Still, Southern added, this was just one grant given out among 80,000 in the quarter-century the NEA had been handing out money. After all, the NEA has also funded Sesame Street, Alice Walker’s The Color Purple, the Broadway play Rent and the Vietnam Veterans Memorial Wall. But “Piss Christ” would be the NEA’s most memorable contribution, and it quickly became the go-to symbol of both how artistic freedom is defined and the 1990s culture wars — were we a progressive, inclusive country who would embrace homosexuality, pornography, challenging art, feminism and multiculturalism? Or were we not still God-fearing Christians with family values?
“Because some artist decides to shock the hicks by dunking Jesus in urine,” author Thomas Frank wrote in 2005 of the photograph’s symbolism in the culture wars, “the entire planet must remake itself along the lines preferred by the Republican Party, U.S.A.”
Many critics defended the piece. “The photograph is clean and purified, the reliquary or shrine in which he clearly believes that the word about the body can be stored and spread,” New York Times art critic Michael Brenson wrote in 1989. “People may agree or disagree with him, or they may question his belief in photography, but how can anyone find in his work just obscenity and disrespect? It is hard to believe that anyone whose faith is searching and secure would not be grateful for what Mr. Serrano has done.”
What’s interesting about all the hullabaloo is that Serrano identifies as a lifelong Christian, and has long maintained that “Piss Christ” (whose full title is “Immersion: Piss Christ”) is not political, but an act of devotion, a reflection of his relationship to the crucifix as a tarnished symbol, and his childhood teaching that Christ shouldn’t be idolized. The piss isn’t what Serrano did to Christ; rather, it’s what we did to Christ over centuries of commercializing him. The Huffington Post asked him in 2004 what the message of the work was, then or now. Serrano responded:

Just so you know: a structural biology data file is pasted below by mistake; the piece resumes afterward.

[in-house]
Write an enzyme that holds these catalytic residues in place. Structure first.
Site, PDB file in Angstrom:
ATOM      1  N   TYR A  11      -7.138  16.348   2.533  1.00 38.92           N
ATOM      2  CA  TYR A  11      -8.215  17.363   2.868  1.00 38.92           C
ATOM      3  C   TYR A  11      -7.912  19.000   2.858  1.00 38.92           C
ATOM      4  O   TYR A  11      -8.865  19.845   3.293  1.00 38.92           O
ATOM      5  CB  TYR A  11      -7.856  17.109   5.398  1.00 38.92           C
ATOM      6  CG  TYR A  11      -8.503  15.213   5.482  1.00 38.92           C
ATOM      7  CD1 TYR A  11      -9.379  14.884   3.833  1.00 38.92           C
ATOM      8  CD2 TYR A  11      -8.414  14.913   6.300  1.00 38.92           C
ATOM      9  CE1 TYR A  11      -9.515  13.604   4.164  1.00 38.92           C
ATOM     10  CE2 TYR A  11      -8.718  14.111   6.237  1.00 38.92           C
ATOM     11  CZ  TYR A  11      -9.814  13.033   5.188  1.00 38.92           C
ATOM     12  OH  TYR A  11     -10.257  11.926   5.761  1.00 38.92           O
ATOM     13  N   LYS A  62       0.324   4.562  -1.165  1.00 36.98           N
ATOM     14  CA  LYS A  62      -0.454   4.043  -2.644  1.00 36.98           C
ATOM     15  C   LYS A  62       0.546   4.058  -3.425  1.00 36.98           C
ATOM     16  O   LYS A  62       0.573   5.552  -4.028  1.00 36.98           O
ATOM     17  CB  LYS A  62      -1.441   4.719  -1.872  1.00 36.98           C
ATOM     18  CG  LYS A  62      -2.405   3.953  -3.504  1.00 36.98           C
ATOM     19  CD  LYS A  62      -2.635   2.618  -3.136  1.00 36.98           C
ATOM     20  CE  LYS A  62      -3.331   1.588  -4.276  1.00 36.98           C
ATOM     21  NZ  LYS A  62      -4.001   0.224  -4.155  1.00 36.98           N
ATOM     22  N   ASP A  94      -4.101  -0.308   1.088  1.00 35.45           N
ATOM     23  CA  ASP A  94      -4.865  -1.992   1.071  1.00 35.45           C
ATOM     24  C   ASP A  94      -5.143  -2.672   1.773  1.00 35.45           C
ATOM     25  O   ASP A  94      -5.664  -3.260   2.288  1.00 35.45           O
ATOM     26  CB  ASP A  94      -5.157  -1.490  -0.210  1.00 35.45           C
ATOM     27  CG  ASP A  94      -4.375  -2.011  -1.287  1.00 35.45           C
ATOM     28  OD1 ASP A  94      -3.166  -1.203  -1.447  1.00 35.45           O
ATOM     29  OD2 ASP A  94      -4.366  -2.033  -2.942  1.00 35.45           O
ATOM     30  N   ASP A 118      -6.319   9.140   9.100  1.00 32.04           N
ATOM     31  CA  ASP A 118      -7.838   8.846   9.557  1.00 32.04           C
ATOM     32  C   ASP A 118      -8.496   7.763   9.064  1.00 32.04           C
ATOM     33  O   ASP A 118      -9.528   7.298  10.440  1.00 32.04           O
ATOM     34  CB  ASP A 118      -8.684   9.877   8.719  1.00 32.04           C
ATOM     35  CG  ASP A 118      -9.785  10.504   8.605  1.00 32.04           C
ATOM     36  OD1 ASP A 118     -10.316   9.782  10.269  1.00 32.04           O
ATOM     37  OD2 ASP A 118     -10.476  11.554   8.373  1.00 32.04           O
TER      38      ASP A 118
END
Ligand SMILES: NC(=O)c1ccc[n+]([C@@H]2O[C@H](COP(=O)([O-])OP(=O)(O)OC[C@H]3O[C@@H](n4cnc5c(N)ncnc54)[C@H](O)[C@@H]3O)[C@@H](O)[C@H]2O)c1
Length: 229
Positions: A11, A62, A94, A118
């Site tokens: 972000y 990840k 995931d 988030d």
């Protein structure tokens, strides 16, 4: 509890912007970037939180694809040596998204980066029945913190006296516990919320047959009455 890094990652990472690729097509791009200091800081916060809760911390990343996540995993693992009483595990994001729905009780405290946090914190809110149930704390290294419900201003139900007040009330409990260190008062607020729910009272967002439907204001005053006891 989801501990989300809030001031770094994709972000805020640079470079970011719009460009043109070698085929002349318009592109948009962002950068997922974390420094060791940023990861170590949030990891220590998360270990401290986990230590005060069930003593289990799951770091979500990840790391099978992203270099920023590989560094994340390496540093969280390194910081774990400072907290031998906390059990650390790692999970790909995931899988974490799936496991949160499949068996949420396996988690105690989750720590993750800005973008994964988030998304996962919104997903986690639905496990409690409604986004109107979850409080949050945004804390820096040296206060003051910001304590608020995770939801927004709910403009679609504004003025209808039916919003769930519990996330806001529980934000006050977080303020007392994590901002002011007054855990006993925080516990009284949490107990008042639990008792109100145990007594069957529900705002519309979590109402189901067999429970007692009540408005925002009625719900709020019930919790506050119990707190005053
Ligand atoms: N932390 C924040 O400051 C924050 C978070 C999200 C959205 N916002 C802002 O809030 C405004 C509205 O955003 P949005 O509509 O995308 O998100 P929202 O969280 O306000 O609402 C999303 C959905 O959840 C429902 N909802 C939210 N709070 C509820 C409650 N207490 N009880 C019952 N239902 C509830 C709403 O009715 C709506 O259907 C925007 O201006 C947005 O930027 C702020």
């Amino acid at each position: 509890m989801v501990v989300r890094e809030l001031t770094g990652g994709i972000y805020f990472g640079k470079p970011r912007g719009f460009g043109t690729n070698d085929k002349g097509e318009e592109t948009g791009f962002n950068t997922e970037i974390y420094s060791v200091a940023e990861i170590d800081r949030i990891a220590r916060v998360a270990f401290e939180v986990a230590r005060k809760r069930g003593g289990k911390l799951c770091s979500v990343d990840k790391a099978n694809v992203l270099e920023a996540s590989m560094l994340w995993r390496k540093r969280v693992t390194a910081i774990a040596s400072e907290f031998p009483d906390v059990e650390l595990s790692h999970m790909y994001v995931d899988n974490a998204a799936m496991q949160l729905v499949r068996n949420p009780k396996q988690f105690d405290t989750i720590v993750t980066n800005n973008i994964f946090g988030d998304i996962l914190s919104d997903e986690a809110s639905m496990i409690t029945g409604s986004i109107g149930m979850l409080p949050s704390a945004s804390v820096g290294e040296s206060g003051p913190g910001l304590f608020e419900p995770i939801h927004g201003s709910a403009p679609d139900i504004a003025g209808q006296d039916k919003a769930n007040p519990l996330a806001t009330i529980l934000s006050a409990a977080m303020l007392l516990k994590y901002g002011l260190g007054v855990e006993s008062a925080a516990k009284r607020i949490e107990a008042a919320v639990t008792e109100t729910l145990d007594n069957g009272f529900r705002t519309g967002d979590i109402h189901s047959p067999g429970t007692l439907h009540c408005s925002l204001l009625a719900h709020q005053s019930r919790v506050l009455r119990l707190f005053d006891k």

The only message is that I’m a Christian artist making a religious work of art based on my relationship with Christ and The Church. The crucifix is a symbol that has lost its true meaning; the horror of what occurred. It represents the crucifixion of a man who was tortured, humiliated and left to die on a cross for several hours. In that time, Christ not only bled to dead, he probably saw all his bodily functions and fluids come out of him. So if ‘Piss Christ’ upsets people, maybe this is so because it is bringing the symbol closer to its original meaning. There was a time prior to the 17th century when the only important art, the only art that mattered, was religious art. After that, there were very few contemporary art pieces that were considered both art and religious, and ‘Piss Christ’ is one of them.
The work continues to generate controversy, not just for conservatives who want to napalm the NEA, but for those who still find the image sacrilegious. Over 1,000 protesters marched outside a French exhibit of the piece in 2011, Page Six reported. Museum workers faced death threats and vandals attacked the image with hammers. Serrano told Page Six that the damage added new complexity to the piece. “It transformed ‘Piss Christ’ into something else,” Serrano said. “It’s mounted on plexiglass, and it looked like they’d attacked Christ. The marks were all around the face.”
The piece’s continued resurgence suggests a shortage of real arguments against the NEA, but also — as Michelle Legero of Longreads noted on Twitter — demonstrates that it has real staying power.
Tracy Moore is a staff writer at MEL. She last wrote about why hot people can’t seem to stay in relationships.